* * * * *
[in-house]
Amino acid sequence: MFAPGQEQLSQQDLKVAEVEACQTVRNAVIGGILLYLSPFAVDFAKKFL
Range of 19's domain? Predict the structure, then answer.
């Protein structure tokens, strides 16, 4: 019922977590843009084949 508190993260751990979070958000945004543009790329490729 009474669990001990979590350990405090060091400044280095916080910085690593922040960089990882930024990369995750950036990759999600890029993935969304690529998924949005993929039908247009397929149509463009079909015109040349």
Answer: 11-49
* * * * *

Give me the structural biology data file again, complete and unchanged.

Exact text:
[in-house]
Amino acid sequence: MFAPGQEQLSQQDLKVAEVEACQTVRNAVIGGILLYLSPFAVDFAKKFL
Range of 19's domain? Predict the structure, then answer.
């Protein structure tokens, strides 16, 4: 019922977590843009084949 508190993260751990979070958000945004543009790329490729 009474669990001990979590350990405090060091400044280095916080910085690593922040960089990882930024990369995750950036990759999600890029993935969304690529998924949005993929039908247009397929149509463009079909015109040349």
Answer: 11-49